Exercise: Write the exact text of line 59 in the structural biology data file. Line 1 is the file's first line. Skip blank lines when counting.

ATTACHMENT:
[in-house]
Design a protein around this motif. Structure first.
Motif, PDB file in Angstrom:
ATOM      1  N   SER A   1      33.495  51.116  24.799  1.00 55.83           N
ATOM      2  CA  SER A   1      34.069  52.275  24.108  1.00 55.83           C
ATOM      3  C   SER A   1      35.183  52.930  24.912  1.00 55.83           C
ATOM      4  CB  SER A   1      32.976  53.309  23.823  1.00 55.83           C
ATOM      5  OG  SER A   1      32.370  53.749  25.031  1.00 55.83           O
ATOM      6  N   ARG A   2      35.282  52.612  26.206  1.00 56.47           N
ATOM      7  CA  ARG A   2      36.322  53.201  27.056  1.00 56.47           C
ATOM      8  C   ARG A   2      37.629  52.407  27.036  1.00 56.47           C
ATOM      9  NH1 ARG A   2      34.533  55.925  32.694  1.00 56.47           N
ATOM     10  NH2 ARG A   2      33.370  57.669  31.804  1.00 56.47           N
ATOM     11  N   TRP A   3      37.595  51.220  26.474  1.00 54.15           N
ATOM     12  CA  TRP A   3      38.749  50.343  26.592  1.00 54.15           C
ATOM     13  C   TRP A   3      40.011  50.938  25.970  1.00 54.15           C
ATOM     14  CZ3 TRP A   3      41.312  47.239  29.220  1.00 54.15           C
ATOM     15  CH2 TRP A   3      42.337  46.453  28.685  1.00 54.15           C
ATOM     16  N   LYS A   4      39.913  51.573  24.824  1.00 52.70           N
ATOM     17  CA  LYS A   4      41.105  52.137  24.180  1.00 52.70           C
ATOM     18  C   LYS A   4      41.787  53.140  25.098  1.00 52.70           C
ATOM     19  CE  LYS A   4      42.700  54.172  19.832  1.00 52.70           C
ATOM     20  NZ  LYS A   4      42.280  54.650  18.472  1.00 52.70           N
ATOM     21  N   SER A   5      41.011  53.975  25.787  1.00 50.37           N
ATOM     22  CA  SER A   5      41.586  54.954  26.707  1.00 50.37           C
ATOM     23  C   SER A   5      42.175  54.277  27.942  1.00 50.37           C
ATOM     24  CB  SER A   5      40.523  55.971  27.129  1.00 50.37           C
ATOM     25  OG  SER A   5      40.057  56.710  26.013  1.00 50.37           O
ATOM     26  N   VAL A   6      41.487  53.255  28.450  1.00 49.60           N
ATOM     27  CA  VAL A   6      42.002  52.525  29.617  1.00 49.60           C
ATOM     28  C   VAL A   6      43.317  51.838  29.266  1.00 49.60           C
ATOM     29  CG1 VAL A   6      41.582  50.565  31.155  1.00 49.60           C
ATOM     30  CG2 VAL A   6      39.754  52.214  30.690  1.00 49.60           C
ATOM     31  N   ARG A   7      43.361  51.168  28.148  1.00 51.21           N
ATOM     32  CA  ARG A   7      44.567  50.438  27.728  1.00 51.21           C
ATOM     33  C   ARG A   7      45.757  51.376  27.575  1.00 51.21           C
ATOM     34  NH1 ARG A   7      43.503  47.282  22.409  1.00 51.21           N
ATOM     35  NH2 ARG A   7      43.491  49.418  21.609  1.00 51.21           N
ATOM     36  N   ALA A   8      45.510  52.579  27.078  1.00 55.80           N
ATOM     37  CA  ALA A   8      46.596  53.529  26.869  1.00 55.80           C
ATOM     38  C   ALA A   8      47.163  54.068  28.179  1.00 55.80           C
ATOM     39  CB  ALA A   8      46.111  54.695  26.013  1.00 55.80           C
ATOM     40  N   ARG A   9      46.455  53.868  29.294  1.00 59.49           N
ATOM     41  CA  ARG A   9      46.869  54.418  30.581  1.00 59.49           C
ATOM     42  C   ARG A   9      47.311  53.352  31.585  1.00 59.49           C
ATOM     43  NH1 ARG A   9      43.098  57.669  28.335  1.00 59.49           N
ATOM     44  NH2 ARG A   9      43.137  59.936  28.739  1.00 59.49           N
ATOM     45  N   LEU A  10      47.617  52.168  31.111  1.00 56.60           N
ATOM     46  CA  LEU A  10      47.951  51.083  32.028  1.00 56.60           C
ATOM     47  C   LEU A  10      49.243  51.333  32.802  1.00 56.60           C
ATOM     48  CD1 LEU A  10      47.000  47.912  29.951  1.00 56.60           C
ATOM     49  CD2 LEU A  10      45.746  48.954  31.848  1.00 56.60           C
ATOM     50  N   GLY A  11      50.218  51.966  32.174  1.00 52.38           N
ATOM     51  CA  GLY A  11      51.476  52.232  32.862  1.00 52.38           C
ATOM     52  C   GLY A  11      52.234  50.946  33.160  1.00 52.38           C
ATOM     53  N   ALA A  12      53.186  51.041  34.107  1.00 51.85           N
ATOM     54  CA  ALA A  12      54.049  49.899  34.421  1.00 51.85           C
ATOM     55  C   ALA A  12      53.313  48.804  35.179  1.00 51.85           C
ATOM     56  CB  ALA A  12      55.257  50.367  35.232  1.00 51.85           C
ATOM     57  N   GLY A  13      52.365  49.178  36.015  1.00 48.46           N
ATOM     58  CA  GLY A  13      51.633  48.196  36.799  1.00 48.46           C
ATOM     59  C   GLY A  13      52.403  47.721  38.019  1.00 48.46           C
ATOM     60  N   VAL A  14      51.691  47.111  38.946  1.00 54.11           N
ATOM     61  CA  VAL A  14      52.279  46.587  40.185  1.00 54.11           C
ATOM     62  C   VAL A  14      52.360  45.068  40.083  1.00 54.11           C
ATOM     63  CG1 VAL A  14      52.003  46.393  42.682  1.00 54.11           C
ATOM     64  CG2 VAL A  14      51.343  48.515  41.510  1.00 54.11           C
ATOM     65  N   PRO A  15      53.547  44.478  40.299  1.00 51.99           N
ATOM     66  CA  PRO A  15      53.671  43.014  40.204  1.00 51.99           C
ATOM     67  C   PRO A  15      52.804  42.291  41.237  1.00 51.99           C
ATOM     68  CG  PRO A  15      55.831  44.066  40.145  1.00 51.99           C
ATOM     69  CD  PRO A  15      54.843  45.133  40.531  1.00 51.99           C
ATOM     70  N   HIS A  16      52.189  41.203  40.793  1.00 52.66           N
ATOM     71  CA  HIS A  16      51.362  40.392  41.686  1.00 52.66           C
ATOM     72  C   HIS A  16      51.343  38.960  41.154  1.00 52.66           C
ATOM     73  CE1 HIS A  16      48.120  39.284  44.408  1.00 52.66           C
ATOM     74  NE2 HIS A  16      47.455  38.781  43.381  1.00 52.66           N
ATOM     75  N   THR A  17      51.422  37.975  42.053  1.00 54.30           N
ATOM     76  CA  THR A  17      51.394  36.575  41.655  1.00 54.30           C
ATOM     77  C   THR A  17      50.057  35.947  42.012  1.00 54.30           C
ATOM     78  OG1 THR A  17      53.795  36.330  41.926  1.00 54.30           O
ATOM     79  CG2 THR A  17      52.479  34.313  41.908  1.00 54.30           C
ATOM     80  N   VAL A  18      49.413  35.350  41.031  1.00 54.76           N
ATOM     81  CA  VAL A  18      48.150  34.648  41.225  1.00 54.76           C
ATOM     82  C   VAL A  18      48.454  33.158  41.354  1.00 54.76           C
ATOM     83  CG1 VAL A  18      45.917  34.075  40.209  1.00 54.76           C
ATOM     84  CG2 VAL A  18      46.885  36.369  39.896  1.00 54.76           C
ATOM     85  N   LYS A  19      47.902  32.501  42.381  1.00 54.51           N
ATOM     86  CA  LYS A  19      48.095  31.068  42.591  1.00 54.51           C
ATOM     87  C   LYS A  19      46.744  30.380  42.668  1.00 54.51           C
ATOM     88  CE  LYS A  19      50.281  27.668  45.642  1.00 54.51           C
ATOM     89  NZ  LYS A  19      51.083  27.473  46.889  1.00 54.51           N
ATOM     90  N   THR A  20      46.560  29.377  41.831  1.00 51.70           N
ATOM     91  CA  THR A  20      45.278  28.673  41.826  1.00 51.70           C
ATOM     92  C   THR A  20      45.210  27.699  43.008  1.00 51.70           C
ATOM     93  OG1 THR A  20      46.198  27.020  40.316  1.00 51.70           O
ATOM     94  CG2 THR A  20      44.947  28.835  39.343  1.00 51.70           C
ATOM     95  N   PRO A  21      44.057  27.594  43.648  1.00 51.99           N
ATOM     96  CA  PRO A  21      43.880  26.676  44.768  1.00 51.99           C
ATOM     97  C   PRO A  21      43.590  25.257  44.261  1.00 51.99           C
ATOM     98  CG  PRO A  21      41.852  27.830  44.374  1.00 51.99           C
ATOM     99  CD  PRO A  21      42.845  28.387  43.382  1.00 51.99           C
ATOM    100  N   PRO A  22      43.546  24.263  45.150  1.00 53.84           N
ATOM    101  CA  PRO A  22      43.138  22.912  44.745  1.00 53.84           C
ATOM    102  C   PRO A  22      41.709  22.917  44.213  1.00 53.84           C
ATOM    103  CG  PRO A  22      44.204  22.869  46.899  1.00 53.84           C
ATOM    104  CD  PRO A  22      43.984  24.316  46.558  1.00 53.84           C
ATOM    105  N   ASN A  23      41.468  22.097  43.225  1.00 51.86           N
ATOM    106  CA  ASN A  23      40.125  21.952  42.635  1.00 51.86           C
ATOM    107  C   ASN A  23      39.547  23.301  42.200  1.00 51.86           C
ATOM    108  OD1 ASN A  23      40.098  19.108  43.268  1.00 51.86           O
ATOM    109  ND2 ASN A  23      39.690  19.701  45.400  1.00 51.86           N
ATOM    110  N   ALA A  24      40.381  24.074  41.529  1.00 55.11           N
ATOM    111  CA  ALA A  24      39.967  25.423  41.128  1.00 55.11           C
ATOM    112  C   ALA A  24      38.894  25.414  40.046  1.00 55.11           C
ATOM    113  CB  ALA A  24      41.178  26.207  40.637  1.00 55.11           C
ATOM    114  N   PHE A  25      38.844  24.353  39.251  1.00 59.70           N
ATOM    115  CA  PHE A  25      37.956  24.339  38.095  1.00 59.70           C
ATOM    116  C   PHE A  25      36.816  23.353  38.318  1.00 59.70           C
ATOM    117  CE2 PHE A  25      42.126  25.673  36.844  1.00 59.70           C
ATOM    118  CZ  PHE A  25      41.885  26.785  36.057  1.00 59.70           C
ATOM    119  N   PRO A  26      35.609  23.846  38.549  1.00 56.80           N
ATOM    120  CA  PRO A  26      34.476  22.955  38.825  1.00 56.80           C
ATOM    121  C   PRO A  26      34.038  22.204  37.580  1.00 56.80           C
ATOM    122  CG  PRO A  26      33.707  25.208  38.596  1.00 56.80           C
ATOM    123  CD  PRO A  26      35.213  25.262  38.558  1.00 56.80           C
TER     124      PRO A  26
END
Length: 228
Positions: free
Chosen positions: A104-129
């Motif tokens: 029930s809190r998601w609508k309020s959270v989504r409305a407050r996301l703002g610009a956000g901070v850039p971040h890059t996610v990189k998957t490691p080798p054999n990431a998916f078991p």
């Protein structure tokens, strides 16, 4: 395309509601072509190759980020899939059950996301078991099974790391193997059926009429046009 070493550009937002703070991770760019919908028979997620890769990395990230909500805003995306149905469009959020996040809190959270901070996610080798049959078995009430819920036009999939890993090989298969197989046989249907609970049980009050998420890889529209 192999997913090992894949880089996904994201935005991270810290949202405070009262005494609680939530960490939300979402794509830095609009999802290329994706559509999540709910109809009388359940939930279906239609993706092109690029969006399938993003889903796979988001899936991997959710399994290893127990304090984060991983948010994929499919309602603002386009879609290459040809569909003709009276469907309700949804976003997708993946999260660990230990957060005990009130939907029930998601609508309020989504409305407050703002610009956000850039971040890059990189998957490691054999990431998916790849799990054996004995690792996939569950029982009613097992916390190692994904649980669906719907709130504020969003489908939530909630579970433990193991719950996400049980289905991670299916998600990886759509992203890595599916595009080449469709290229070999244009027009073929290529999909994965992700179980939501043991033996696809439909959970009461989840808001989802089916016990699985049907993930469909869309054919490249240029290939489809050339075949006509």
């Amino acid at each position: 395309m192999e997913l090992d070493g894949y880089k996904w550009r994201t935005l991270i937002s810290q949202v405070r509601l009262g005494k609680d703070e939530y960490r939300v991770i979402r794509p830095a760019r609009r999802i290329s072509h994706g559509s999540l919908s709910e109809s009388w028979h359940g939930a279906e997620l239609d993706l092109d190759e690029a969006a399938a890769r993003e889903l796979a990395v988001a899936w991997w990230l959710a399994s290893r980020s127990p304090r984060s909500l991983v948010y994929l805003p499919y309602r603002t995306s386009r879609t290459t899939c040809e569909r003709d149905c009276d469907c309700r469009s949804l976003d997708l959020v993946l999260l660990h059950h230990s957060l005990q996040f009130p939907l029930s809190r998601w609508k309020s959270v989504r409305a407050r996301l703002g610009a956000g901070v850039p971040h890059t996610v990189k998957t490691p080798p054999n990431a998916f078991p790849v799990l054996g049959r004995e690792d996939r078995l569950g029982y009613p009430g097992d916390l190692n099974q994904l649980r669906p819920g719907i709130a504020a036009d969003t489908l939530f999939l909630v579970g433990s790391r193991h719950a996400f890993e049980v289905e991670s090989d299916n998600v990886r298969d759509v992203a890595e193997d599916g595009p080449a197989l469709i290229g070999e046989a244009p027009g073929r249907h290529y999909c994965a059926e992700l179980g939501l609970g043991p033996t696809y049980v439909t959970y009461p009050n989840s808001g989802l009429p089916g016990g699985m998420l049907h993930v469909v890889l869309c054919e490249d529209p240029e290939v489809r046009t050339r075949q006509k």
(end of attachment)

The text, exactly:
ATOM     56  CB  ALA A  12      55.257  50.367  35.232  1.00 51.85           C